DEAR MISS MANNERS: I am a student who really takes her studies seriously. I am academically inclined and enjoy learning, and so I do a lot of extra reading on my own time. Unfortunately, this puts me in an awkward situation: I often notice my teachers' errors.
I never know whether or not I should say anything. It's rude to correct people, and I don't want to seem like a bratty know-it-all. But at the same time, it pains me to see my fellow students taking down and memorizing information that I know to be factually inaccurate.
Is there a way to alert my teachers to their (sometimes distressingly frequent) errors without seeming rude and disrespectful? Or should I just sit silent and sigh to myself?
GENTLE READER: No, speak up. Socially, it is rude to correct others. In the classroom, where the pursuit of knowledge is the goal, this might be considered your duty.
But watch out.
The greatest danger is not that you will be insulting your teacher. It is that you will confidently announce a correction from a source that your teacher, who is presumably more widely read in the field, knows is discredited.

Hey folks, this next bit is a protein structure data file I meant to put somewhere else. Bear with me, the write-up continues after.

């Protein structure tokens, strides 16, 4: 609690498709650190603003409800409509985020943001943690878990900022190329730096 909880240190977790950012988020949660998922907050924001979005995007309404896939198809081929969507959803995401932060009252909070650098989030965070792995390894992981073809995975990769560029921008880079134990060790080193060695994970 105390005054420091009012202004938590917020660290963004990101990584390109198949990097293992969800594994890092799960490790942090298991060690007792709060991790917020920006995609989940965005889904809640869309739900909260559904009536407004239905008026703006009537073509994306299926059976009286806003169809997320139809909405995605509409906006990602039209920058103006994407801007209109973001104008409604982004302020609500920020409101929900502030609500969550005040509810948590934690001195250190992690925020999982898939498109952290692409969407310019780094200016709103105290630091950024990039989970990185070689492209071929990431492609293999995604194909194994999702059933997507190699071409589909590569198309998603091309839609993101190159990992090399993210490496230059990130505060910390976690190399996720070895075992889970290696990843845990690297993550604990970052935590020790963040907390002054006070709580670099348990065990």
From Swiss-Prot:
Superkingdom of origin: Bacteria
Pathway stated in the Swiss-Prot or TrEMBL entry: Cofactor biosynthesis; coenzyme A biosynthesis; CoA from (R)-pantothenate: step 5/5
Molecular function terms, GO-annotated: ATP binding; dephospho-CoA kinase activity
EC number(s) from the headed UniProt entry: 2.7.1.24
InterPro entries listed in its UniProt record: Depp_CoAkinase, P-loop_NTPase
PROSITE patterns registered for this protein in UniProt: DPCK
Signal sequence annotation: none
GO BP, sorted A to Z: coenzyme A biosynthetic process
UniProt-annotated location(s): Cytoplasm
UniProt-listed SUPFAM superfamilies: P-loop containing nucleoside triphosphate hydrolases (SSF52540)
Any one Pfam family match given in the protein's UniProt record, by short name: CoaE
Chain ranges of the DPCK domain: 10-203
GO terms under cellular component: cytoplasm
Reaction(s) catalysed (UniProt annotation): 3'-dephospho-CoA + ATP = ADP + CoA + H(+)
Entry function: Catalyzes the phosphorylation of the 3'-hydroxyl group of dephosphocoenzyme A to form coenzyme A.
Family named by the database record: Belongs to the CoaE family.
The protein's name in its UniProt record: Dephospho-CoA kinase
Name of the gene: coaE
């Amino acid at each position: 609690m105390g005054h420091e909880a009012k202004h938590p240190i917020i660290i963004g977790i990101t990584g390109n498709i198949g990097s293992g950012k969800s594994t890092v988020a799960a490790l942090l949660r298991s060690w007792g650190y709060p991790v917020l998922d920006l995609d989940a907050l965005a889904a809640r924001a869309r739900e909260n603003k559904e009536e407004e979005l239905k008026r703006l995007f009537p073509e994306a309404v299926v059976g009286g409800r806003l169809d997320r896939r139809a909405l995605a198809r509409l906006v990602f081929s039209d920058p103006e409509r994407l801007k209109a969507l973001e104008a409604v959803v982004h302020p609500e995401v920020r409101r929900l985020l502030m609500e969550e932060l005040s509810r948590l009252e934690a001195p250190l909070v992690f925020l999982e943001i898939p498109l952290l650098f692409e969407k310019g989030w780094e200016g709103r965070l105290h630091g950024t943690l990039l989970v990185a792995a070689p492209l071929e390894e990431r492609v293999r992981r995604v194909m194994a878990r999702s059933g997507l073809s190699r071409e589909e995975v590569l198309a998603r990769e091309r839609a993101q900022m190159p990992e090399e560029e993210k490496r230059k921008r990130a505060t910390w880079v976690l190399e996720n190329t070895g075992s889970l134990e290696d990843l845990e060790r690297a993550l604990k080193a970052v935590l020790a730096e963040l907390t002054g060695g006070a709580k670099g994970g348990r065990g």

Miss Manners is far from saying that teachers are always right. The best of them can make mistakes, and the very best of them would think well of a student astute enough to uncover a mistake.
But books, also, can contain mistakes. Scholarship is constantly being revised in the light of old errors, new discoveries and novel theories. She therefore advises you to put your information in the form of a question, stating the book in which you read it and asking if different sources disagree on the point.
DEAR MISS MANNERS: I have discovered that I have fallen into the habit of over-apologizing. I seek to always be polite and to keep my social interactions pleasant and smooth, but I have become quick to drop an "I'm sorry" for things that are clearly not my fault or have not inconvenienced anyone. For example, someone stepping on my foot or dropping my own handbag several feet away from any passersby.
I have been trying to substitute "Excuse me" as much as possible, but could you please suggest other things I may say to minimize my apologies? I am beginning to feel that the sheer excess is starting to diminish my sincerity, and that would make me truly... sorry.
GENTLE READER: Here is your new vocabulary:
"Oops." And its slightly merrier variation: "Whoops!" And "Ow" if someone steps on your foot, in which case that person gets to make the apology.
The first two have a certain insouciant charm, as opposed to the unnecessary breast-beating you have been practicing. If you insist on something longer, Miss Manners offers you "Oh, dear, I'm so clumsy" when you drop something.
Much as etiquette appreciates apologies, you mustn't wear them out. Save them for when you do something truly dreadful, and then use them to wear other people out until they give up and forgive you.